Editors’ letter by Inma Buendia and Kacie McGeary
Seven years ago, Andrew Trotter and Mari Luz Vidal opened their home to the artist community in Barcelona and welcomed the city into their world. This open invitation soon gave way to dinners, concerts, and late-night conversations, which then led to the very magazine you’re holding. From its inception, Openhouse served as an introduction: a space where creatives from around the world could meet and share in their ideas.
When we moved office a few months ago, we decided to revisit the custom that first set the magazine in motion. We chose to open up a physical space, yet again, and welcome both old and new friends to join us in this endeavour. By way of a cosy living room and a large kitchen, we sought to reignite the idea that led to the creation of Openhouse and share life with the individuals who inspire us.
This return to our roots prompted us to reflect upon the stories featured in Issue Nº11. Through each of them, we are reminded how traditions can take on new leases of life and be brought into alignment with the times.
When Miquel Alzueta first visited the bygone textile factory tucked beside Barcelona’s City Centre, he knew that he was going to set up a gallery there. Its lofty ceilings, narrow corridors, and hidden entrance ignited his creativity instantly and allowed him to picture what could be. The intrepid collector soon breathed new life into the symbol of Catalonia’s industrialisation and served as a catalyst for the city’s creative community.
In India, Neemrana Hotels injected new life into Tijara Fort, an uncompleted fort whose construction came to a standstill in 1845 when its owner Maharaja Balwant Singh was murdered. Despite the building’s storied past, they restored the infamous palace to perfection and welcomed it into the twenty-first century. Now, when visitors check into the heritage hotel, they are transported not to another era, but to another world entirely, forgetting it is a hotel as you conjure up images of the Maharaja gazing out at his estates from the top of the plateau.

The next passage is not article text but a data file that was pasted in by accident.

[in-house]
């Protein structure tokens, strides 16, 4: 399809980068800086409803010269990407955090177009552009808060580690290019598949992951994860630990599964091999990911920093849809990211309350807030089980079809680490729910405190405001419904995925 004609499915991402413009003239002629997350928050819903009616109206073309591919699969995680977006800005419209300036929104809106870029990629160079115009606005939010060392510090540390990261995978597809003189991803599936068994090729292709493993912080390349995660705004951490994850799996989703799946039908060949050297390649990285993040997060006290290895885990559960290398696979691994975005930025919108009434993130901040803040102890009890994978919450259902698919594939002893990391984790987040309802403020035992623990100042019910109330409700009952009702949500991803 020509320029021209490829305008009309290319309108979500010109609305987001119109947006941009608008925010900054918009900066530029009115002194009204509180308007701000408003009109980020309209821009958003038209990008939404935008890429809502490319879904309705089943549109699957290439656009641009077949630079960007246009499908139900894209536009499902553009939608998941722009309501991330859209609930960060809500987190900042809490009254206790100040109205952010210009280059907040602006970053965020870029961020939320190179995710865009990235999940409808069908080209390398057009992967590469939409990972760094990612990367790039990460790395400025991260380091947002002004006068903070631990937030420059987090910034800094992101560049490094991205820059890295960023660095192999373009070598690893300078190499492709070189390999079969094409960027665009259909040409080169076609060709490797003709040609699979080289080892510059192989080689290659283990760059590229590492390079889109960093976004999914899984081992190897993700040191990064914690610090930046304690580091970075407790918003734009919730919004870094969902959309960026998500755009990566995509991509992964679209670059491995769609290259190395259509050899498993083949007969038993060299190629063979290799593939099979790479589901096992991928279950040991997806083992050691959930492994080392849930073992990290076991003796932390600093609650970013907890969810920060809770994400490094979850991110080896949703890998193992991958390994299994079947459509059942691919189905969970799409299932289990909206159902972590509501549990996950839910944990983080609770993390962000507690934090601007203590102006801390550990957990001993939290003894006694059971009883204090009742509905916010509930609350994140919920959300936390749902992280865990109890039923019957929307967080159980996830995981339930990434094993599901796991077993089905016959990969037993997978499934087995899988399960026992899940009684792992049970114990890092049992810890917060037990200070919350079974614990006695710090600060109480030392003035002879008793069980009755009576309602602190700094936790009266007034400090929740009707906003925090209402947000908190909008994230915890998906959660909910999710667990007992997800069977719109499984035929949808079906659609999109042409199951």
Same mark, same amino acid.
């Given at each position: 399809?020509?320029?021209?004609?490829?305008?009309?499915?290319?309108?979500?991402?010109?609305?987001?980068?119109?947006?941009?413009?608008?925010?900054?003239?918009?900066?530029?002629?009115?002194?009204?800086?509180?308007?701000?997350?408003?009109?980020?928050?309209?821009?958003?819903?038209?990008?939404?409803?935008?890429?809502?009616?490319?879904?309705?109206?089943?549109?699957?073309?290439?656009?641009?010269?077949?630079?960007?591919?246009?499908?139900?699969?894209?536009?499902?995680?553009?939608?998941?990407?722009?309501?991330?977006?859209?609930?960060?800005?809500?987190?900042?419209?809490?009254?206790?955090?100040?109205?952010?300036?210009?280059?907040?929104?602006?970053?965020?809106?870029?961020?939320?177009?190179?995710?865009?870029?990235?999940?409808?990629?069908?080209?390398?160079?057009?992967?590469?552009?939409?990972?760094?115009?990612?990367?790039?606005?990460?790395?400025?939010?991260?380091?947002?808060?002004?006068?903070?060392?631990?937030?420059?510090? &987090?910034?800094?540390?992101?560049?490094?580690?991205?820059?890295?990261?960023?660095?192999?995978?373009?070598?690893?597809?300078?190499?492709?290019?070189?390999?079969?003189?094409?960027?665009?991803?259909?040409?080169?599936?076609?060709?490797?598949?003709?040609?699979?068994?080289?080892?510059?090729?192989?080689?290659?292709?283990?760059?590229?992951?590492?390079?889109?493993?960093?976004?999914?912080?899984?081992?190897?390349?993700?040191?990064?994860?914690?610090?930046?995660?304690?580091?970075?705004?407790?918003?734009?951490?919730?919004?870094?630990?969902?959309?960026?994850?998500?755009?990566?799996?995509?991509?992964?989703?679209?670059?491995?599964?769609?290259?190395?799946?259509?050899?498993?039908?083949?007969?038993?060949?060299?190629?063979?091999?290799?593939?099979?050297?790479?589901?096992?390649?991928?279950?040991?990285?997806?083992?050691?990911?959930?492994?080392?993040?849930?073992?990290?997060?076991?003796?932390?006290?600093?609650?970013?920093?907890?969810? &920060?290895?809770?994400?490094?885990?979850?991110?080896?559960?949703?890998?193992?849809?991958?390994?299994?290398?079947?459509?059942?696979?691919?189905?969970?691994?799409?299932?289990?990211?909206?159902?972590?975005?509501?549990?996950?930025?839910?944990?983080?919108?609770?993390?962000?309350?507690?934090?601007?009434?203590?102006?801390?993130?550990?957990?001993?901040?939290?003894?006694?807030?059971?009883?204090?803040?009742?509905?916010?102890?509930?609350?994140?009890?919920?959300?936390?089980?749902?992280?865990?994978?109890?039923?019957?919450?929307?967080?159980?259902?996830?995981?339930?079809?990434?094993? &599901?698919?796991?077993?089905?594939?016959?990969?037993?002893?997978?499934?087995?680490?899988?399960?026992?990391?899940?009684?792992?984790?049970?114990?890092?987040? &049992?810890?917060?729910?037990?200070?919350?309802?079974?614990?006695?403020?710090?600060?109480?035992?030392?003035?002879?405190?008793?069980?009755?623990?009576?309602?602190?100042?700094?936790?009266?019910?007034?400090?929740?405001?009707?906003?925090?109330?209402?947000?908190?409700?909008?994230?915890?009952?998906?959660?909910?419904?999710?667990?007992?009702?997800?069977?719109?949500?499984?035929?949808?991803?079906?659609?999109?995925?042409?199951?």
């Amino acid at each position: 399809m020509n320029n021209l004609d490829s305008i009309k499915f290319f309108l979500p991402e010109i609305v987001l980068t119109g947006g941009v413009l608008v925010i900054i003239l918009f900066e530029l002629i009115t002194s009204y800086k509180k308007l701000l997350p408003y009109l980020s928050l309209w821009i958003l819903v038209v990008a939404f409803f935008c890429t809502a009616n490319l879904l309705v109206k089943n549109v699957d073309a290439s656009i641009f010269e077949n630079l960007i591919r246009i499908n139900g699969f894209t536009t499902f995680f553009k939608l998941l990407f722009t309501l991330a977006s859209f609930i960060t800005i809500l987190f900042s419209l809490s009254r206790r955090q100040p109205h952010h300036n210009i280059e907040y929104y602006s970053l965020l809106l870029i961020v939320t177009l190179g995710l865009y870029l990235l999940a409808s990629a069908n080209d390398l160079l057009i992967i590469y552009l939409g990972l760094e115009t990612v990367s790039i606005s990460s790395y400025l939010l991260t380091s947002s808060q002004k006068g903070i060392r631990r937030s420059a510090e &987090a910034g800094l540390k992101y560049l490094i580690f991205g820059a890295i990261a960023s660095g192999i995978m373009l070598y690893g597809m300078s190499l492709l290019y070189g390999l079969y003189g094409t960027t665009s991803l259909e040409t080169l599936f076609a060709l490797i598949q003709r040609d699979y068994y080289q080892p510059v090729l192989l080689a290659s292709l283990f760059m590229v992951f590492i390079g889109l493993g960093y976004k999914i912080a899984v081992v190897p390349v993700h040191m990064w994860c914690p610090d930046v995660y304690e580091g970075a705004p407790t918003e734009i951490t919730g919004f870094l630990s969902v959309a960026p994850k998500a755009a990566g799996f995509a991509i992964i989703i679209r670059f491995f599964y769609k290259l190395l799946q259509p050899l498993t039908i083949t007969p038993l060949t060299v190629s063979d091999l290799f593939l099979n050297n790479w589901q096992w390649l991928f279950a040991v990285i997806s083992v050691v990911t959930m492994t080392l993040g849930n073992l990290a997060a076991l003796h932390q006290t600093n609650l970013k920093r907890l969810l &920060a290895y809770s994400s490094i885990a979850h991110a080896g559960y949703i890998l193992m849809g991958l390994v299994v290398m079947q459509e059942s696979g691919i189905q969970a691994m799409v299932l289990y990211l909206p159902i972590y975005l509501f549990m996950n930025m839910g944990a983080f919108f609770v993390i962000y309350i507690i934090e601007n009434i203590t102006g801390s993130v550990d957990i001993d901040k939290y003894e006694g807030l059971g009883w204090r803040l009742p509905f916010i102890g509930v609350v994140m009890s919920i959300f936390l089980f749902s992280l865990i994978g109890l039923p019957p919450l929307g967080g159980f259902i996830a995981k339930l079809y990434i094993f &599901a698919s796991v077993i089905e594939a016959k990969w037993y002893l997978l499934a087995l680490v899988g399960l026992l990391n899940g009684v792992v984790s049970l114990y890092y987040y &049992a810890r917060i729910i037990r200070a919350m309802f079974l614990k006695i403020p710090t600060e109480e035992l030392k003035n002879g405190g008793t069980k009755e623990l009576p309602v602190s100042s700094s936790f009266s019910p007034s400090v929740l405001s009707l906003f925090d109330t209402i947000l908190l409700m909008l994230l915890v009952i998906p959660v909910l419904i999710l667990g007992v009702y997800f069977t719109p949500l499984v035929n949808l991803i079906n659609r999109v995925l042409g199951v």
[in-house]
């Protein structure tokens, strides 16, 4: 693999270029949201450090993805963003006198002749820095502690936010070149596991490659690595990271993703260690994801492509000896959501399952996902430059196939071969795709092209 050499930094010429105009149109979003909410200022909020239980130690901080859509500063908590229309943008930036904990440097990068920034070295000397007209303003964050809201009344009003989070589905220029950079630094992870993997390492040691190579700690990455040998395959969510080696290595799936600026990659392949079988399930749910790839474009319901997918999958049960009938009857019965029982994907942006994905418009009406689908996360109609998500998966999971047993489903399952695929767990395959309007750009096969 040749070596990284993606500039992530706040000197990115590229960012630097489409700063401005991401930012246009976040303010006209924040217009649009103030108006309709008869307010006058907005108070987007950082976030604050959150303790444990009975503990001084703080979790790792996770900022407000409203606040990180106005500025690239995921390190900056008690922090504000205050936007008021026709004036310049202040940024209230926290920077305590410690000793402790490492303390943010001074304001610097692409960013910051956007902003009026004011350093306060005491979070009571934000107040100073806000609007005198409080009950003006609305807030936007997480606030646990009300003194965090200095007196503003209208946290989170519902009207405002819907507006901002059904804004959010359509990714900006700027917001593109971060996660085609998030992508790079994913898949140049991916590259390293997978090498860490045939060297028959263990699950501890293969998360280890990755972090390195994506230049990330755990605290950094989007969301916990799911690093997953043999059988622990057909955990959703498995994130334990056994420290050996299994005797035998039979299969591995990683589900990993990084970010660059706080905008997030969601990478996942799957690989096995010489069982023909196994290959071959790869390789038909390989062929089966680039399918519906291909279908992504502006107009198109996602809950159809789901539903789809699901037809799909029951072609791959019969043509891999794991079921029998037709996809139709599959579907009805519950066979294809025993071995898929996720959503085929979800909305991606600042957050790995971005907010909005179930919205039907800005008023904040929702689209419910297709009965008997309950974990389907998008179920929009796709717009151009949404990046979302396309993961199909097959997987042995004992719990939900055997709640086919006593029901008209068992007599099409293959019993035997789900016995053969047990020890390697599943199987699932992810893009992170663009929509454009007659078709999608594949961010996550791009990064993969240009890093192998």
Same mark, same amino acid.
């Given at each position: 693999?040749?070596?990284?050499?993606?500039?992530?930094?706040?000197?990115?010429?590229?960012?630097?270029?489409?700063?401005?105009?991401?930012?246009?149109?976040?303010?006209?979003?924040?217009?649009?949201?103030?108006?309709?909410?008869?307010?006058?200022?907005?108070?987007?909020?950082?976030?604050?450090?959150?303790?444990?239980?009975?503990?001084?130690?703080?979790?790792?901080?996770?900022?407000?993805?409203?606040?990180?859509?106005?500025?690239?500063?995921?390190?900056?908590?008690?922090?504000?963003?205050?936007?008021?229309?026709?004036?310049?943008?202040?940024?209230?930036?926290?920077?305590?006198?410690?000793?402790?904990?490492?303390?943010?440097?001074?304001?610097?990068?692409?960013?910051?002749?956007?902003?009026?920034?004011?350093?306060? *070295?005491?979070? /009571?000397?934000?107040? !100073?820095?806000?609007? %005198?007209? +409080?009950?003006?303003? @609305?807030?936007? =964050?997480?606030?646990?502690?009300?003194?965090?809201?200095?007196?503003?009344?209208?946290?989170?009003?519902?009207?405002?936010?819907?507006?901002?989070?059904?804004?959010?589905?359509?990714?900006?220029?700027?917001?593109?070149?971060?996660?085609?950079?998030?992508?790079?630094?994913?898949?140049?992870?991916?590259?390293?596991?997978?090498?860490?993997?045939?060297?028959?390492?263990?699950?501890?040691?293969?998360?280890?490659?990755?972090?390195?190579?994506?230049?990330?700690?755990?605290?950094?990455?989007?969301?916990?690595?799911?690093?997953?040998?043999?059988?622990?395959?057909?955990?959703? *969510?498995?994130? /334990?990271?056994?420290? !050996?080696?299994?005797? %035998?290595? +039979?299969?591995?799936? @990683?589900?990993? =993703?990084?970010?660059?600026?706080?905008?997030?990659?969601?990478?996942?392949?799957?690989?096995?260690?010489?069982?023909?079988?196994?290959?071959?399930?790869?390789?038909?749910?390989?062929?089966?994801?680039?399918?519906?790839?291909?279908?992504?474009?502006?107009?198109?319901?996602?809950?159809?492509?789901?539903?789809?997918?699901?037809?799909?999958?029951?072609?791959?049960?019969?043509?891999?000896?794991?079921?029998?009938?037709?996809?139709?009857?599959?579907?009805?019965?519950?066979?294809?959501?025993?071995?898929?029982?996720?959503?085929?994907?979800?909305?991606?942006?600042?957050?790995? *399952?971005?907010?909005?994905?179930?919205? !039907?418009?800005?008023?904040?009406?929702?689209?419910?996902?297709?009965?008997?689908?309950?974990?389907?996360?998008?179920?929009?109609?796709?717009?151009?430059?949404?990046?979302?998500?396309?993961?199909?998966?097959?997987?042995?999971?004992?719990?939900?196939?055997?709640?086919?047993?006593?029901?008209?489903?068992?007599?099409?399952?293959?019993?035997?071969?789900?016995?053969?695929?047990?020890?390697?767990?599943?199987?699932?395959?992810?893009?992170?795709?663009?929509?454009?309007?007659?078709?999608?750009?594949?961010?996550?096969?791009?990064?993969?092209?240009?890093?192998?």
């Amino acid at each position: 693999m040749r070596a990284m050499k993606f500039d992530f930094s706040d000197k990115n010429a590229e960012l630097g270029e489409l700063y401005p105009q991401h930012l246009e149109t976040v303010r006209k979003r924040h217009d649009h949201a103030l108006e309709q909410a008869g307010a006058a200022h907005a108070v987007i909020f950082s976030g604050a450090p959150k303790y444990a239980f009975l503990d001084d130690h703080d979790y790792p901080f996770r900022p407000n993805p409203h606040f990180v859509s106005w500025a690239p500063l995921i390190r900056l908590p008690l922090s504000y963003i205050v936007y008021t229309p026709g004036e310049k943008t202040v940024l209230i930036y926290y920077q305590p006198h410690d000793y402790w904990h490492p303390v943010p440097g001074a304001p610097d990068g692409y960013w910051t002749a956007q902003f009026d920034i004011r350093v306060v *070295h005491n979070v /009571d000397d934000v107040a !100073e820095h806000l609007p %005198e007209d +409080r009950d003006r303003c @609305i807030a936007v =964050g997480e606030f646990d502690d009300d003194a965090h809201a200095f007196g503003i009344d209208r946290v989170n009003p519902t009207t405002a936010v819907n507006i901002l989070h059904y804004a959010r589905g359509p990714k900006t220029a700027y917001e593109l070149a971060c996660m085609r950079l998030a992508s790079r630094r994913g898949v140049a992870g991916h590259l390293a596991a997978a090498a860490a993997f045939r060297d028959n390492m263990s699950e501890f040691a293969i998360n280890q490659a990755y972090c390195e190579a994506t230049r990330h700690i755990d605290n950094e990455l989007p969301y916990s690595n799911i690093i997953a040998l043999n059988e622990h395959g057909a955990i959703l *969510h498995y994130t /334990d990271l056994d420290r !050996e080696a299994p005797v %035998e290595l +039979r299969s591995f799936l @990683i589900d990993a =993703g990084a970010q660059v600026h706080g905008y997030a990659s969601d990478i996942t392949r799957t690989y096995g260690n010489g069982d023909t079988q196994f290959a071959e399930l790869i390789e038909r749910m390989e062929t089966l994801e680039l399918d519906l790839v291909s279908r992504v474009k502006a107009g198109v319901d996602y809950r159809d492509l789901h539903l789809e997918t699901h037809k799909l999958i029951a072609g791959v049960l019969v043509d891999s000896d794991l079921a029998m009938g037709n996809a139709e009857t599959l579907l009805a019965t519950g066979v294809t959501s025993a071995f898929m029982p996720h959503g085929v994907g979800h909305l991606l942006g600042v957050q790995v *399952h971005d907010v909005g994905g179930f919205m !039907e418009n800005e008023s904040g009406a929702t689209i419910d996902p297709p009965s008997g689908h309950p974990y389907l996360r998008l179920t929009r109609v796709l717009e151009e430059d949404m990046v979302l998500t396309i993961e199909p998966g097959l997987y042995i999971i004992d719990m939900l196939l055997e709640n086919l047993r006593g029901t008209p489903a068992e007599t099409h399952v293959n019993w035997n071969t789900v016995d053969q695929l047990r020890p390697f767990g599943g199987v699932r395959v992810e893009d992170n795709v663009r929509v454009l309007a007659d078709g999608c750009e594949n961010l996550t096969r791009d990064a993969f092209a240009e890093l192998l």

Growing up in the original Can Roca restaurant, the Roca Brothers knew their legacy from the beginning. Together, they set out to recapture the flavourful dishes of their ancestors, transforming them into mouth-watering delicacies. Now, thanks to a unique combination of Joan’s mother’s recipes, Jordi’s hallmark desserts, and Josep’s vintage wines and fresh liqueurs, El Celler de Can Roca has earned a place among the world’s top restaurants.
When Edoardo Monti inherited the Palazzo Monti from his grandfather, he chose to honour the building’s palatial origins and refashion the family home into a tribute to the arts. As the newfound owner of the palazzo, Edoardo opened an art residency programme, converting an ancient structure in Brescia’s old quarter into a cultural institution.
Early in his career, Ricardo Bofill discovered an old cement factory on the outskirts of Barcelona, he was bewitched by the contradictions and ambiguities within its silos, smokestacks, and underground tunnels. Struck by the site’s rough exterior, Ricardo recast the complex into La Fábrica, a place to work, to live and to enjoy which would later become a source of inspiration and a symbol of of new takes on tradition.
Issue Nº11 is filled with stories of renewal; a tribute to tradition and a testament to the ways a future can be forged by looking to the past.